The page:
He said: “My main business is farming. I wanted to create a business that wasn’t dependant on government subsidies. I thought there was a future in growing grapes for wine.”

He said, originally, he thought he would sell the grapes on to wine makers, but then the 'passion' took over. Mr Langham said: “I thought it would be great to create our own wine. I knew I didn’t know enough about making wine – that’s where Daniel comes in.”

The wine making process is 'hard work', he added. The team has to go through several processes to ensure the perfect bubbles. This includes bud rubbing, where excess buds are removed from the vines in spring, so that there is not too much foliage and so the budding grapes don’t get too damp and succumb to disease. There is then trimming the vines back, again to improve the access the young grapes have to light, and stripping leaves off to manage the canopy as the vines grow.

Mr Langham said he loved walking through the vineyard and seeing the grapes growing. He said: “I love every aspect of it. This time of year, the vines are growing so fast. Walking around the vineyard and seeing the young grapes improving. It’s exciting to see this years’ crop improve and grow. I just get a buzz out of growing things and seeing them develop.”

He added that he also got a buzz from working in the winery and bottling the wines and seeing the final result of years of work.

When starting out, Mr Langham said he had hoped the vineyard would become as successful as it now has. He said: “I’m an optimist. You always have to hope for the best or you wouldn’t do anything.”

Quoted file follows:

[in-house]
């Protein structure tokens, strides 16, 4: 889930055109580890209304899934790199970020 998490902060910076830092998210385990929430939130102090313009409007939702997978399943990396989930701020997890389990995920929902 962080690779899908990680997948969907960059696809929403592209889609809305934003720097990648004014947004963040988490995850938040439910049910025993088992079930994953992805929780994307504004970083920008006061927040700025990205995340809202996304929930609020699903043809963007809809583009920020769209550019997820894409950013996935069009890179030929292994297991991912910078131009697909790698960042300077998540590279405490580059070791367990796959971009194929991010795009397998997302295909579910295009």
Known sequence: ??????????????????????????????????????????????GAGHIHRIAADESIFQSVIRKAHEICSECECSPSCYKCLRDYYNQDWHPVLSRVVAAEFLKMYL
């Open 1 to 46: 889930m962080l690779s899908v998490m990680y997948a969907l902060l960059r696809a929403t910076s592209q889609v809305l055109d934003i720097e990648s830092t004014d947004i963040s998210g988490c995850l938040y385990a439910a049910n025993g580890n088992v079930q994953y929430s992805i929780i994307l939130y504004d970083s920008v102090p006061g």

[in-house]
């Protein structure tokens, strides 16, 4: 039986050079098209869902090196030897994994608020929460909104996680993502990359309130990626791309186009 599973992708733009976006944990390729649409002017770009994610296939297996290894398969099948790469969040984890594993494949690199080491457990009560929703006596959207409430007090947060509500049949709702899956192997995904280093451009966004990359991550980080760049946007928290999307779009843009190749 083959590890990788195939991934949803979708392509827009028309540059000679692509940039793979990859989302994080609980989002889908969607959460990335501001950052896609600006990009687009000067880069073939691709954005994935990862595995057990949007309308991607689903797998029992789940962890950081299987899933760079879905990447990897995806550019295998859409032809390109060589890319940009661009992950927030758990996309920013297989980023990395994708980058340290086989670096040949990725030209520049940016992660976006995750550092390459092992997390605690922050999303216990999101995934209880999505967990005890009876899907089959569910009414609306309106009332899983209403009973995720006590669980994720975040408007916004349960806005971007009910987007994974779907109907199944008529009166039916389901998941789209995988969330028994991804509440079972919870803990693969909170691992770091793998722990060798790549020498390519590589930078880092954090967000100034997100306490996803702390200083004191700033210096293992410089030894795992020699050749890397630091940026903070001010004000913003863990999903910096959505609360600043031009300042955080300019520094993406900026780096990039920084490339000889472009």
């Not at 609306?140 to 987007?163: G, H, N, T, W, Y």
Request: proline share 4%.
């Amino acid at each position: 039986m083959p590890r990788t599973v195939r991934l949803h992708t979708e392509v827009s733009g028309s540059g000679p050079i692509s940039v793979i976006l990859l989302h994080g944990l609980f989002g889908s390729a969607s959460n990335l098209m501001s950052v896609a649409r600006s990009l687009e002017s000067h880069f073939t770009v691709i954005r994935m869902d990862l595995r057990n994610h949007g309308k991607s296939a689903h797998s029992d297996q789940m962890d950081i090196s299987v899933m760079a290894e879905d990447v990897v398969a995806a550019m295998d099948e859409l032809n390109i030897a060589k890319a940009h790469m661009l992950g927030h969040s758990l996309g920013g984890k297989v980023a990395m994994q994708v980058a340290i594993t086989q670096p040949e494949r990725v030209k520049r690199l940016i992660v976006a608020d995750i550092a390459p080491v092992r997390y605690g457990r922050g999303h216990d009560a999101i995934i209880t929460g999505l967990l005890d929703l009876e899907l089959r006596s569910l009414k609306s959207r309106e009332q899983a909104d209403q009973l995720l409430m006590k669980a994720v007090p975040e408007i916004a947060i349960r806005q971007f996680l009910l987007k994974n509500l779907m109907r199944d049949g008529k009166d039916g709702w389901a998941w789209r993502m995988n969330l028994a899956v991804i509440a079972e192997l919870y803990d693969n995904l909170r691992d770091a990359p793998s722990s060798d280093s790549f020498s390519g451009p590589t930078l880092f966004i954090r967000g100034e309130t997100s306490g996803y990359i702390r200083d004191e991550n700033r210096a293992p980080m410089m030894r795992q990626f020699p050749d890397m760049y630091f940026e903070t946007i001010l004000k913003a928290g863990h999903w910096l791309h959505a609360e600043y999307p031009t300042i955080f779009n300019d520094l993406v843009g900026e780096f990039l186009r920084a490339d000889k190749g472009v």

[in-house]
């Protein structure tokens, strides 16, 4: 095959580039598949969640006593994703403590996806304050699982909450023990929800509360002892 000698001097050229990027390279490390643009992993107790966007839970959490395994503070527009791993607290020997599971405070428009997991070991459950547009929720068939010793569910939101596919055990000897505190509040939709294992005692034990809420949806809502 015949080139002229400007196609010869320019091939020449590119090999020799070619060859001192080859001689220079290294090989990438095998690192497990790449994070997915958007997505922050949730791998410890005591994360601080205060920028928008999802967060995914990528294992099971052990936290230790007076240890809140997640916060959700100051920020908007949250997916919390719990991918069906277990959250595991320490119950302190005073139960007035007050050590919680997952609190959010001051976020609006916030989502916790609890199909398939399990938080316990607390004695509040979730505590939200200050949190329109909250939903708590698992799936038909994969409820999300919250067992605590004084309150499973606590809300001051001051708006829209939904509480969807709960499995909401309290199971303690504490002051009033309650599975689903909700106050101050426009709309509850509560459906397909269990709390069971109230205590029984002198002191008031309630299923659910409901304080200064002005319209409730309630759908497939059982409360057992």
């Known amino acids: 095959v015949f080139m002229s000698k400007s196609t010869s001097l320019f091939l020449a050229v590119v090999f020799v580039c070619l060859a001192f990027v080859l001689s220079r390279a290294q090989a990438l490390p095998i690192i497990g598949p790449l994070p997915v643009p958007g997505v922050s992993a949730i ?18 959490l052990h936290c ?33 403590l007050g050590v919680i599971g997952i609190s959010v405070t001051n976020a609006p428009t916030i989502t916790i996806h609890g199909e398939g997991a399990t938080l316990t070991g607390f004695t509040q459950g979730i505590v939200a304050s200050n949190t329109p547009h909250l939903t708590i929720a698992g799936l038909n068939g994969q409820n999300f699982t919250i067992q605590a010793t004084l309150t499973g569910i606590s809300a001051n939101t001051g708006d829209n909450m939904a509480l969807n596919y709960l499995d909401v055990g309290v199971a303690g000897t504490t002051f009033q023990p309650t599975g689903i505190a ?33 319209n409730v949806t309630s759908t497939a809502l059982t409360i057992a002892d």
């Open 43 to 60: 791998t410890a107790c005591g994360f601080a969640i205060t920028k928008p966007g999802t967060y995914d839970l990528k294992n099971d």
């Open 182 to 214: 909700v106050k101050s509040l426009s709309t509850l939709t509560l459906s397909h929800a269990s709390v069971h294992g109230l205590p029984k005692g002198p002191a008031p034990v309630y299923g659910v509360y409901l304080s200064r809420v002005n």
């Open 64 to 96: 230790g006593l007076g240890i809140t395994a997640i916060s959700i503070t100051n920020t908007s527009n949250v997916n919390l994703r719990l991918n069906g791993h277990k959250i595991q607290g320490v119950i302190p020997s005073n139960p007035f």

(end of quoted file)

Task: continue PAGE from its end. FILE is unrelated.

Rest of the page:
He added: “Life benefits the optimist.”

And as to Mr Langham’s favourite of the wine estate’s varieties? He laughs and said he doesn’t have a favourite, preferring a different one depending on what it will accompany. He said: “Every day I feel like a different one.

“It depends what mood I’m in. I really don’t have a favourite – it depends what I’m eating. Each wine has its own character. I enjoy all of them.”

Langham Wine Estate will be sponsoring the Dorset Echo’s Industry Awards on June 16 at the HIX Academy in Weymouth College.

Mr Langham said they were 'delighted' to be involved, adding: “We are very proud to be part of Dorset’s thriving food and drink scene, but also recognise the wealth of other industries putting our county on the map."

He added: “Since opening our tasting room in July 2016, we have seen lots more visitors to the vineyard and with the steady increase of interest in English Sparkling wine across the country it’s important for us here at Langham Wine Estate to continue with this momentum and tell more people that we’re here."

Visitors to the vineyard can take a tour, visit the shop and Tasting Room and in a couple of months’ time, grab a bite to eat at the café and restaurant too. The Wine Estate is currently open from Thursdays to Sunday from 12noon to 5pm. It will be open across the half term week from Monday, May 29 to Saturday, June 3, from 12noon to 5pm.

For more information visit, call 01258 839095 or email